I am reliably informed that what I’m experiencing now is grief. A totally expected and necessary response to everything that’s happened. And looking over this blog, I guess you can read it as tracking the course of grieving.
What I hadn’t realised was that it’s not just the loss of a living presence that you need to grieve. You can mourn the loss of your own life, the one you had and thought you were going to have. When things, huge things, drastic things, things beyond your control happen to you that bring about irrevocable changes in your life, you need to let what was move into the past. That full realisation of what you’ve lost because of what’s happened so you can start to rebuild and letting what was move into the past, that’s what grief is for. At least that is what I’m hoping it is for.
As I say, I’m looking at this blog now and seeing gestures of grief; moments where I’m trying to understand the bleakness and pointlessness of some of the huge changes that crashed over my life, peppered with efforts to think myself into the next moment, the space beyond the aching, the bit where life starts again. But I didn’t recognise it as this until now. It’s only now, when the absolute last remnant of the life I was hoping to lead has gone that I can see the loops of hope and despondency, creativity and stagnation for what they are – the cycle of grief.
Letting go of possibilities, leaving the hopes you held for one particular future behind altogether, leaving the lives you dreamed of sharing with people behind – I’m trying to figure out how to do that. Because grieving alerts you to the fact that those hazy, warm hopes will become daggers in your new world, ideas that will tear a hole in anything you try to do and lacerate your new efforts with the failures of the past. You can’t ever leave them behind totally, as much as you might feel you want to at moments, but for me, grieving is a process of blunting these newly- formed blades. Finding the hidden daggers that used to be your hopes and blunting the blades. That takes time.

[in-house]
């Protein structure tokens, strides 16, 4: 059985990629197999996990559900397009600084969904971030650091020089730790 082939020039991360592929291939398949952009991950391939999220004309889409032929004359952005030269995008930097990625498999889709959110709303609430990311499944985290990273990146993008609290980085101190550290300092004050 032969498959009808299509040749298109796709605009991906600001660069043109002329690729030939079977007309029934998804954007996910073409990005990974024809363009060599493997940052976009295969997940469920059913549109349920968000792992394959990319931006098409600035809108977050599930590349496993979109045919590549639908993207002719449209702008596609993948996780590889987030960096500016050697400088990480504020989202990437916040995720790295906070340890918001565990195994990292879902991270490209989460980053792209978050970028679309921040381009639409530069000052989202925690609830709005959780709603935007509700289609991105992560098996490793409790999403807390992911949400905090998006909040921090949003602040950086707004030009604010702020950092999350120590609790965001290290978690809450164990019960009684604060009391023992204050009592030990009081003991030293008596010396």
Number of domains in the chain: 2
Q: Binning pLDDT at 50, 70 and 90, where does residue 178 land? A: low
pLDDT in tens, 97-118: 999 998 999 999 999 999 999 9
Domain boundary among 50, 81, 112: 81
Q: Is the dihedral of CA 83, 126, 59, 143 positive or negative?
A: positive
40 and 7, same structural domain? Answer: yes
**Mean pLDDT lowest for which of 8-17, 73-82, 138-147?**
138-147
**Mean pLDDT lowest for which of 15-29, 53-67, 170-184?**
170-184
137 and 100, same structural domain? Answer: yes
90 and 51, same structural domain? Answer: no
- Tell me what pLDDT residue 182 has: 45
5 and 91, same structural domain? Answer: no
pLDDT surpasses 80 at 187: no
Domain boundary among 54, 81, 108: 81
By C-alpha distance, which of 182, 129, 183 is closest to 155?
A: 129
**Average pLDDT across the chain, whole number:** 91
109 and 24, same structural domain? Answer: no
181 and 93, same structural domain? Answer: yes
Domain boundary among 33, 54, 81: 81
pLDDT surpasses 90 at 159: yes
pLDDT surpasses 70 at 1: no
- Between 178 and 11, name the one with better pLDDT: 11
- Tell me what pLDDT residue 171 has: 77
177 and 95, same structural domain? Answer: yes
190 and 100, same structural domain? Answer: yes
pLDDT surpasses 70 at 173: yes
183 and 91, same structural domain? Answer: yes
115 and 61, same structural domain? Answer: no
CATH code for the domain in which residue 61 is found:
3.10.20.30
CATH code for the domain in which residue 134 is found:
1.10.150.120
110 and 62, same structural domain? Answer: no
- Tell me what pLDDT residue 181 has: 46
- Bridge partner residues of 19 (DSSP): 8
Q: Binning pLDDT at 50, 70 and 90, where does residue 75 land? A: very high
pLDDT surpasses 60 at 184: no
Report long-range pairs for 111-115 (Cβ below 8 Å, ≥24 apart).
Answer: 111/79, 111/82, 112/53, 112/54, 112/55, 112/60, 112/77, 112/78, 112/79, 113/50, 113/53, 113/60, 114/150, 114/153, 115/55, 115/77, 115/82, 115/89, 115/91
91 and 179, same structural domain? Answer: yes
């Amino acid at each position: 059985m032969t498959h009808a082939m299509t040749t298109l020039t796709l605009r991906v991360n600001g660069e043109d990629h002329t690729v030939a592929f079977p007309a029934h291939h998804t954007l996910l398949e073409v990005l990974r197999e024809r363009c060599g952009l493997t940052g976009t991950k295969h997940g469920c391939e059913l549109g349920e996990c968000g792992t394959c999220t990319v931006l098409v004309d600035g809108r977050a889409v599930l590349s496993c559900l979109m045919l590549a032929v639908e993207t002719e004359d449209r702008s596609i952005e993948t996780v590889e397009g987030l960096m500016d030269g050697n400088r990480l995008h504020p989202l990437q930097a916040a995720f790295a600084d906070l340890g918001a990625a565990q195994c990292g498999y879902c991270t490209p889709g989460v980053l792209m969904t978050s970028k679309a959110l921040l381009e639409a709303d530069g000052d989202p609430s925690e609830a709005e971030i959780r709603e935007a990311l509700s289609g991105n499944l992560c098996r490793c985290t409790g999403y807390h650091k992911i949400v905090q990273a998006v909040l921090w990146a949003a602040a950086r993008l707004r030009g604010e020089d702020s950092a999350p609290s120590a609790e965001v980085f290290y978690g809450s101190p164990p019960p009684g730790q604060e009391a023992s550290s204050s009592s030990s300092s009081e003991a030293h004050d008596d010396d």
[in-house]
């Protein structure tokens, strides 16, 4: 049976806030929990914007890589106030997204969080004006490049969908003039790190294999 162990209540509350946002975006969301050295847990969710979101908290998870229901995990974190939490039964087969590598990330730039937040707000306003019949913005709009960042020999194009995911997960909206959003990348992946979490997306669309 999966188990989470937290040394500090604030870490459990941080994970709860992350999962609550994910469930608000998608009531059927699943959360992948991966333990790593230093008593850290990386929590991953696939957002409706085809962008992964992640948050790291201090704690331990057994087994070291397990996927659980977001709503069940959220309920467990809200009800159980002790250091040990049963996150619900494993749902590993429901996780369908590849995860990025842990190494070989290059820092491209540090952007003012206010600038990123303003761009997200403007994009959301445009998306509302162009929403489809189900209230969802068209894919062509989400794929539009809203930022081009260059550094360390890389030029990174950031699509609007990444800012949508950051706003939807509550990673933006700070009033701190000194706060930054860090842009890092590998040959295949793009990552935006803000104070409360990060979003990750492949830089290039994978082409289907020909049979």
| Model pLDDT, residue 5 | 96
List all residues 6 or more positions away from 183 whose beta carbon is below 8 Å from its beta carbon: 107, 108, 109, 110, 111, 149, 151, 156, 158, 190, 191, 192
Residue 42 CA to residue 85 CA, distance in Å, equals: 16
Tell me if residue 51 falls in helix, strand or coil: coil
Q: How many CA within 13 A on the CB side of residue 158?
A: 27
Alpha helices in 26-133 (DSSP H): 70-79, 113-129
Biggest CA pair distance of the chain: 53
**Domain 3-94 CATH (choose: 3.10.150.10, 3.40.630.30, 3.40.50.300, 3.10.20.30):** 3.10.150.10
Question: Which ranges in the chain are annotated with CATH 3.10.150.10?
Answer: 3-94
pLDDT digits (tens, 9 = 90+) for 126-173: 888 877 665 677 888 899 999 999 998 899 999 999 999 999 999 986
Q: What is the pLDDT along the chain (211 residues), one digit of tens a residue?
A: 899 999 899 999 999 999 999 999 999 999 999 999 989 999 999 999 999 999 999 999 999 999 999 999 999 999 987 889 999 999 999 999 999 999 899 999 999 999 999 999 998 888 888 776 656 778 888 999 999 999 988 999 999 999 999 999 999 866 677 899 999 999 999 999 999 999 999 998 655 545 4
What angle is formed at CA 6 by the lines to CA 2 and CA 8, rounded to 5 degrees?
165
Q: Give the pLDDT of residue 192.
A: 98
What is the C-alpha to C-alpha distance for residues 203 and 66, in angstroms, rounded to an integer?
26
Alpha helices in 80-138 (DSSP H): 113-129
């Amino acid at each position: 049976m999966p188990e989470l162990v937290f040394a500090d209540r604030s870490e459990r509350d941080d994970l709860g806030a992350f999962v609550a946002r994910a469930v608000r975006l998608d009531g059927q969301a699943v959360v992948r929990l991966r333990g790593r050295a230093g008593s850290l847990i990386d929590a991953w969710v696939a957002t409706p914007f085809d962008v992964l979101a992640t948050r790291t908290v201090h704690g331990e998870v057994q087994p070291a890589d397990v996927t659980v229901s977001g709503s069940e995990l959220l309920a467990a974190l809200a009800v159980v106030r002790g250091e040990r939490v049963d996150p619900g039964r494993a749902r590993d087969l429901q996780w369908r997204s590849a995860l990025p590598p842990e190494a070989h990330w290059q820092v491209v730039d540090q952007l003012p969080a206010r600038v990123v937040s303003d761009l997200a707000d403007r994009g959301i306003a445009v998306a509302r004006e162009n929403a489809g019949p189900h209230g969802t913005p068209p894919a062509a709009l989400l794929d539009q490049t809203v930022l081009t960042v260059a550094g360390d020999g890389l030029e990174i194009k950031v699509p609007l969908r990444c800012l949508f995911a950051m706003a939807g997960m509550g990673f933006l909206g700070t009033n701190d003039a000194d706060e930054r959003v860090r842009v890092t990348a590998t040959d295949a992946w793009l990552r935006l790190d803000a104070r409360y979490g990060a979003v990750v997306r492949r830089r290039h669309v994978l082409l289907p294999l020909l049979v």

It’s the rollercoaster nature of grief that makes it almost unbearable at times. Each peace you make will be punctured by something – a stray thought, a seemingly unrelated comment from a friend, a trace of your old life interrupting the new. And then you’re back in there, in the midst of anger at the injustice of it all, despair that anything is worthwhile anyway, horror at the enormity of what is happening to you and just pain. Throat-blocking, thought-blocking pain.
You work your way back up to some kind of peace again, although you know it’s fragile. I’m told that the spaces between peace and turmoil get larger, but it’s early days for me still. But even this early on, I guess the depths are getting less deep. The fact I can write this is telling me something.
The worst part about this process for me is that it’s something you have to do alone. And when part of what is causing you pain is getting used to being alone, it’s even harder to accept. Yes, you must talk to people about it, you can’t bottle it up. But talking to people is one thing. They can’t share your pain, even if they’re suffering the loss too, because the shape of that loss is so different for everyone. And no one can do the work of blunting the daggers but you, because no one else knows where they are. But you don’t want to be alone and you want people to understand and tell you the answers, and when they can’t, it hurts all over again. It’s amazing how angry and frustrated grief leaves you at the very moment when everyone is actually doing all they can for you.
And no one can do anything about the 5am grief (5am if you’re lucky – when it starts at 2am, you’ve got a long night ahead of you). You can’t call anyone because the world is resting, but even if you could, you wouldn’t be able to say anything that comes close to the enormity of it. It’s wordless, directionless, thoughtless. This morning, a single thought woke me up at 5am, especially to ensure that I got my daily dose of horror and hopelessness before the rest of the world began its day. A single thought. Oh my god, how has this happened to my life? Then, thoughtless, chest-heaving pain.
No one else can get you through these moments. You literally just have to live them out. I guess it’s the last gasps of my old life breaking in when I’m at my most relaxed and leaving me gasping instead. But if I just keep breathing, I’ll get to the next moment. And the next. And then the next.